Comte Simon du Chastel, Brussels, by 1976
Louis de Strycker, Brussels
Pace Primitive and Ancient Art, New York
Robert and Adriana Mnuchin, New York
Michael Oliver, New York
Robert Rubin, New York, acquired from the above on July 14, 1983
The Virginia Museum of Fine Arts, Richmond, Perspectives: Angles on African Art, February 21 - April 26, 1987; additional venues:
The Center for African Art, New York, September 18, 1987 - January 3, 1988
The Birmingham Museum of Art, Birmingham, Alabama, January 31 - March 27, 1988
The Center for African Art, New York, Yoruba: Nine Centuries of African Art & Thought, September 20, 1989 - January 7, 1990; additional venues:
The Art Institute of Chicago, Chicago, February 10 - April 1, 1990
The National Museum of African Art, Washington D.C., May 8 - August 26, 1990
The Cleveland Museum of Art, Cleveland, September 26 - December 9, 1990
The New Orleans Museum of Art, New Orleans, January 11 - March 24, 1991
The High Museum of Art, Atlanta, April 23 - June 16, 1991
Museum for African Art, New York, Secrecy: African Art that Conceals and Reveals, February 13 - August 22, 1993; additional venues:
The Bermuda National Gallery, Hamilton, October - December, 1993
The Virginia Museum of Fine Arts, Richmond, February - April, 1994
Walters Art Gallery, Baltimore, May - September, 1994
The Des Moines Art Center, Des Moines, January - March, 1995
The Museum for African Art, New York, Exhibition-ism: Museums and African Art, October 14, 1994 - March 5, 1995
The Metropolitan Museum of Art, New York, Master Hand: Individuality and Creativity among Yoruba Sculptors, September 11, 1997 - March 1, 1998
Museum for African Art/UBS Gallery, New York, Reflections: African Art Is..., July 1 - September 10, 2004
The High Museum of Art, Atlanta, The Fred and Rita Richman Galleries, November 2005 - July 2006
Simon Du Chastel, Arts d'Afrique noire, Brussels, 1976, p. 22
William Buller Fagg, John Pemberton, and Bryce Holcombe, Yoruba Aculpture of West Africa, New York, 1982, pp. 150-151, pl. 49
Susan M. Vogel, Perspectives: Angles on African Art, New York, 1987, p. 133
Henry John Drewal and John Pemberton, Yoruba: Nine Centuries of African Art and Thought, New York, 1989, p. 216, no. 251
Mary H. Nooter, "Secrecy: African art that conceals and reveals", in African Arts, 1993: vol. XXVI, no. 1, p. 67
Mary H. Nooter, Secrecy: African art that conceals and reveals, New York, 1993, p. 108, no. 44
Carol Thompson, African Art Portfolio: An Illustrated Introduction, Masterpieces from the Eleventh to the Twentieth Centuries, New York, 1993, no. 13 and front cover
Mary Nooter Roberts, Susan M. Vogel, and Chris Müller, Exhibition-ism: Museums and African Art, New York, 1994, p. 30, fig. 5
This magnificent mask is the work of an unknown master active in the 19th and early 20th century in the Anago region in the Republic of Benin, in southwestern Yoruba territory. Four other masks by the same hand are known (three of them published in Pemberton and Fagg 1982: pls. 2, 5 and 29; the fourth, previously in the Collection of Frieda and Milton Rosenthal, was sold at Sotheby's New York, November 14, 2008, lot 32).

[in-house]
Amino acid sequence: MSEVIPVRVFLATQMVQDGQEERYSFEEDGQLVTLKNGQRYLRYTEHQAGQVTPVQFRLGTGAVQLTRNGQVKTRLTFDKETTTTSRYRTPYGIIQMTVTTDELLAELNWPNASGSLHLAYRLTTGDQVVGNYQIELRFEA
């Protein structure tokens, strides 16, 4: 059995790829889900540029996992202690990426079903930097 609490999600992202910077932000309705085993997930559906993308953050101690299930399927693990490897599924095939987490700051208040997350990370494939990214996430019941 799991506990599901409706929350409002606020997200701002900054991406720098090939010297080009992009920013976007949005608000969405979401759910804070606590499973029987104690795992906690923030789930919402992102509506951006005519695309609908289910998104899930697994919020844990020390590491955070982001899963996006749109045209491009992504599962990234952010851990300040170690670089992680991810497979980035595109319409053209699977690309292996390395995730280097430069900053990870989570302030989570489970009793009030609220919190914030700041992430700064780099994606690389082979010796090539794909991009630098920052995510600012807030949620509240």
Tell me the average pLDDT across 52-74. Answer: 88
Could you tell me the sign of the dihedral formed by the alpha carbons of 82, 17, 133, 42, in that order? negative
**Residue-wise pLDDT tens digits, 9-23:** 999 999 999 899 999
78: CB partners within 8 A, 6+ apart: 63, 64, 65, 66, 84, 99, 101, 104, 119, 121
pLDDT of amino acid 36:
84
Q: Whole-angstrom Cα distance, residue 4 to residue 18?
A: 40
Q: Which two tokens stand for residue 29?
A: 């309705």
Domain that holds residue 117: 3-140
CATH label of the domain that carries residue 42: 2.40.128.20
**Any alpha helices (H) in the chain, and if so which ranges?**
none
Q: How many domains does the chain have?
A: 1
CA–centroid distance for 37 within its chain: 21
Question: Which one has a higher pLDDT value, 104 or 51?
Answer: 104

The hand of this artist is distinguished by the angular outline of the ears, a subtly rendered nose with wide nostrils, multiple rows of small triangles carved in relief across the forehead and down the cheeks. Furthermore, the eyes are depicted with pierced irises framed by almond shaped eyelids.
A special feature of the Rubin Gelede Mask is its blackened surface heightened with blue and red pigments. Pemberton and Fagg (1982: 150) discuss this feature of the Rubin Mask at length: "The painting of Gelede masks is not only of aesthetic importance; it has symbolic significance as well, especially with regard to the gods. The Yoruba pantheon may be divided into two groups of orisha: the hot or dark gods, and those gods whose powers are associated with coolness and whiteness. The distinction is not a rigid one, for each group shares in some measure the characteristics of the other. The orisha of whiteness possess life-giving powers. Among the Anago, Obatala, or Odudua [Yoruba subgroups it] forms the human body. [...] Shango and his wife Oya, as well as Ogun and Shopanna, are the dark, hot tempered deities, whose powers are present where blood is shed in war or in the hunt, and where death is known in the dread desease of smallpox. The blackened face and the red and black coloring of the hair [of the Rubin Mask] suggest that this Gelede mask was danced for one of the fiery orisha, perhaps Shango, or more likely, his wife Oya."
Another remarkable feature of the Rubin Gelede Mask is its aesthetic affinity to bronze castings from the Benin Kingdom. David Rockefeller (born 1915), together with his brother Nelson one of the early collectors of African art in the United States, comments on this very aspect in his contribution to the catalogue of the exhibition Perspectives: Angles on African Art at New York's Museum for African Art (Rockefeller in Center for African Art 1987: 132): "I guess that one reason I chose this is that I've always liked Benin bronzes very much, and this [Gelede Mask] reminded me quite a bit of those - much more than any of the others. The design and composition of the headdress evokes that memory; I wouldn't have been surprised had that been in bronze. The facial structure, as well, is quite similar to some of the Benin heads I've seen. I think it's quite strong. I found it appealing. When I first looked at the photograph [of this mask], before I read the description, I wondered if it was bronze."
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